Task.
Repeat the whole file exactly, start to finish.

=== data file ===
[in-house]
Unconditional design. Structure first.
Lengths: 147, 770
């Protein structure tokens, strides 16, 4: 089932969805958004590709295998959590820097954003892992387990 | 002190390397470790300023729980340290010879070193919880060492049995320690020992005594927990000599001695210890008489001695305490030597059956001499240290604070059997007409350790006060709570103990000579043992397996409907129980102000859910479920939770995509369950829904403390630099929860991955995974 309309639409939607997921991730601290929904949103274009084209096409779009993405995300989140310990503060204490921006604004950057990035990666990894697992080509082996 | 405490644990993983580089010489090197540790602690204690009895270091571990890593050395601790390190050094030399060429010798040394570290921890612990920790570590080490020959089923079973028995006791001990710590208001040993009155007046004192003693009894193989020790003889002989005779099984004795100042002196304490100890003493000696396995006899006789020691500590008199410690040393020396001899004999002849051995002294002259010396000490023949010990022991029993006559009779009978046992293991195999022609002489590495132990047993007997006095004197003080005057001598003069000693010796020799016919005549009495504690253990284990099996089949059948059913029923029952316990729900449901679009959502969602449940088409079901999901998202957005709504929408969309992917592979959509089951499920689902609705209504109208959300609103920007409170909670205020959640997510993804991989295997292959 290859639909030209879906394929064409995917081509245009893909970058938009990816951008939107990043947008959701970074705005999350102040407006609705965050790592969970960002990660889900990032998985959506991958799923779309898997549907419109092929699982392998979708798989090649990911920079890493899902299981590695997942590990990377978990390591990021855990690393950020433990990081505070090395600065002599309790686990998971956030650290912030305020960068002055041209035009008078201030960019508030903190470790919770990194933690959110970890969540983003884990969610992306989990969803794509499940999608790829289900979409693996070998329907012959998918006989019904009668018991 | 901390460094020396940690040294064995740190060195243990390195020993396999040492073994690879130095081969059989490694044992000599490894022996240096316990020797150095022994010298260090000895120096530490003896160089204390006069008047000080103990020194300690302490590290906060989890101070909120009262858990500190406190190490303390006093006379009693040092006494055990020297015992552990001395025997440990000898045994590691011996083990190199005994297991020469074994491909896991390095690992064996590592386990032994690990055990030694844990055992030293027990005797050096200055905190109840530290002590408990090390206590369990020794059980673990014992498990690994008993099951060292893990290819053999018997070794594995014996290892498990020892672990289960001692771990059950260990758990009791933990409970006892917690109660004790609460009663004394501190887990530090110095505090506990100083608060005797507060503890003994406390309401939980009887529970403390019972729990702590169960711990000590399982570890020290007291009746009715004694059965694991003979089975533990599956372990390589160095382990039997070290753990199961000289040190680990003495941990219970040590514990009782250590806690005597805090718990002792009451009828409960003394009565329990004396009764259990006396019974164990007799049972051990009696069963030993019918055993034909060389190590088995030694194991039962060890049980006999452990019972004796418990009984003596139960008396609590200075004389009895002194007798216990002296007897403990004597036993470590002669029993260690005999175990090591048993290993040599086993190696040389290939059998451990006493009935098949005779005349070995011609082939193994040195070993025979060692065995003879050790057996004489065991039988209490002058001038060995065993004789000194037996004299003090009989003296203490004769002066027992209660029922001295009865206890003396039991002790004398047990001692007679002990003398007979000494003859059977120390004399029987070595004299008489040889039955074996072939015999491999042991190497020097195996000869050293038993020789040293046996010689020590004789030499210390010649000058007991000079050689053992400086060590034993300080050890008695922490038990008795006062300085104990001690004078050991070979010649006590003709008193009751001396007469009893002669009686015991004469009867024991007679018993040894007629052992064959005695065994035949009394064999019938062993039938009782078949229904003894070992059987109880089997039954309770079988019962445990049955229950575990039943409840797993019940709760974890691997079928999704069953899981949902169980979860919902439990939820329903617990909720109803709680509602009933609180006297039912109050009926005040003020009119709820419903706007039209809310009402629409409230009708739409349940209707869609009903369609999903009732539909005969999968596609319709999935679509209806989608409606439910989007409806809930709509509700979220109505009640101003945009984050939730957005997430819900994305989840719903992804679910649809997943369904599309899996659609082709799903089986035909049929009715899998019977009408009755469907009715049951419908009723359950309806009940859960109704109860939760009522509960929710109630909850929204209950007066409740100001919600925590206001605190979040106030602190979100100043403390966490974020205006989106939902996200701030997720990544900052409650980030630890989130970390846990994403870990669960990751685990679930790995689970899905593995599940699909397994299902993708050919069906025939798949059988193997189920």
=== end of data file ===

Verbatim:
[in-house]
Unconditional design. Structure first.
Lengths: 147, 770
């Protein structure tokens, strides 16, 4: 089932969805958004590709295998959590820097954003892992387990 | 002190390397470790300023729980340290010879070193919880060492049995320690020992005594927990000599001695210890008489001695305490030597059956001499240290604070059997007409350790006060709570103990000579043992397996409907129980102000859910479920939770995509369950829904403390630099929860991955995974 309309639409939607997921991730601290929904949103274009084209096409779009993405995300989140310990503060204490921006604004950057990035990666990894697992080509082996 | 405490644990993983580089010489090197540790602690204690009895270091571990890593050395601790390190050094030399060429010798040394570290921890612990920790570590080490020959089923079973028995006791001990710590208001040993009155007046004192003693009894193989020790003889002989005779099984004795100042002196304490100890003493000696396995006899006789020691500590008199410690040393020396001899004999002849051995002294002259010396000490023949010990022991029993006559009779009978046992293991195999022609002489590495132990047993007997006095004197003080005057001598003069000693010796020799016919005549009495504690253990284990099996089949059948059913029923029952316990729900449901679009959502969602449940088409079901999901998202957005709504929408969309992917592979959509089951499920689902609705209504109208959300609103920007409170909670205020959640997510993804991989295997292959 290859639909030209879906394929064409995917081509245009893909970058938009990816951008939107990043947008959701970074705005999350102040407006609705965050790592969970960002990660889900990032998985959506991958799923779309898997549907419109092929699982392998979708798989090649990911920079890493899902299981590695997942590990990377978990390591990021855990690393950020433990990081505070090395600065002599309790686990998971956030650290912030305020960068002055041209035009008078201030960019508030903190470790919770990194933690959110970890969540983003884990969610992306989990969803794509499940999608790829289900979409693996070998329907012959998918006989019904009668018991 | 901390460094020396940690040294064995740190060195243990390195020993396999040492073994690879130095081969059989490694044992000599490894022996240096316990020797150095022994010298260090000895120096530490003896160089204390006069008047000080103990020194300690302490590290906060989890101070909120009262858990500190406190190490303390006093006379009693040092006494055990020297015992552990001395025997440990000898045994590691011996083990190199005994297991020469074994491909896991390095690992064996590592386990032994690990055990030694844990055992030293027990005797050096200055905190109840530290002590408990090390206590369990020794059980673990014992498990690994008993099951060292893990290819053999018997070794594995014996290892498990020892672990289960001692771990059950260990758990009791933990409970006892917690109660004790609460009663004394501190887990530090110095505090506990100083608060005797507060503890003994406390309401939980009887529970403390019972729990702590169960711990000590399982570890020290007291009746009715004694059965694991003979089975533990599956372990390589160095382990039997070290753990199961000289040190680990003495941990219970040590514990009782250590806690005597805090718990002792009451009828409960003394009565329990004396009764259990006396019974164990007799049972051990009696069963030993019918055993034909060389190590088995030694194991039962060890049980006999452990019972004796418990009984003596139960008396609590200075004389009895002194007798216990002296007897403990004597036993470590002669029993260690005999175990090591048993290993040599086993190696040389290939059998451990006493009935098949005779005349070995011609082939193994040195070993025979060692065995003879050790057996004489065991039988209490002058001038060995065993004789000194037996004299003090009989003296203490004769002066027992209660029922001295009865206890003396039991002790004398047990001692007679002990003398007979000494003859059977120390004399029987070595004299008489040889039955074996072939015999491999042991190497020097195996000869050293038993020789040293046996010689020590004789030499210390010649000058007991000079050689053992400086060590034993300080050890008695922490038990008795006062300085104990001690004078050991070979010649006590003709008193009751001396007469009893002669009686015991004469009867024991007679018993040894007629052992064959005695065994035949009394064999019938062993039938009782078949229904003894070992059987109880089997039954309770079988019962445990049955229950575990039943409840797993019940709760974890691997079928999704069953899981949902169980979860919902439990939820329903617990909720109803709680509602009933609180006297039912109050009926005040003020009119709820419903706007039209809310009402629409409230009708739409349940209707869609009903369609999903009732539909005969999968596609319709999935679509209806989608409606439910989007409806809930709509509700979220109505009640101003945009984050939730957005997430819900994305989840719903992804679910649809997943369904599309899996659609082709799903089986035909049929009715899998019977009408009755469907009715049951419908009723359950309806009940859960109704109860939760009522509960929710109630909850929204209950007066409740100001919600925590206001605190979040106030602190979100100043403390966490974020205006989106939902996200701030997720990544900052409650980030630890989130970390846990994403870990669960990751685990679930790995689970899905593995599940699909397994299902993708050919069906025939798949059988193997189920």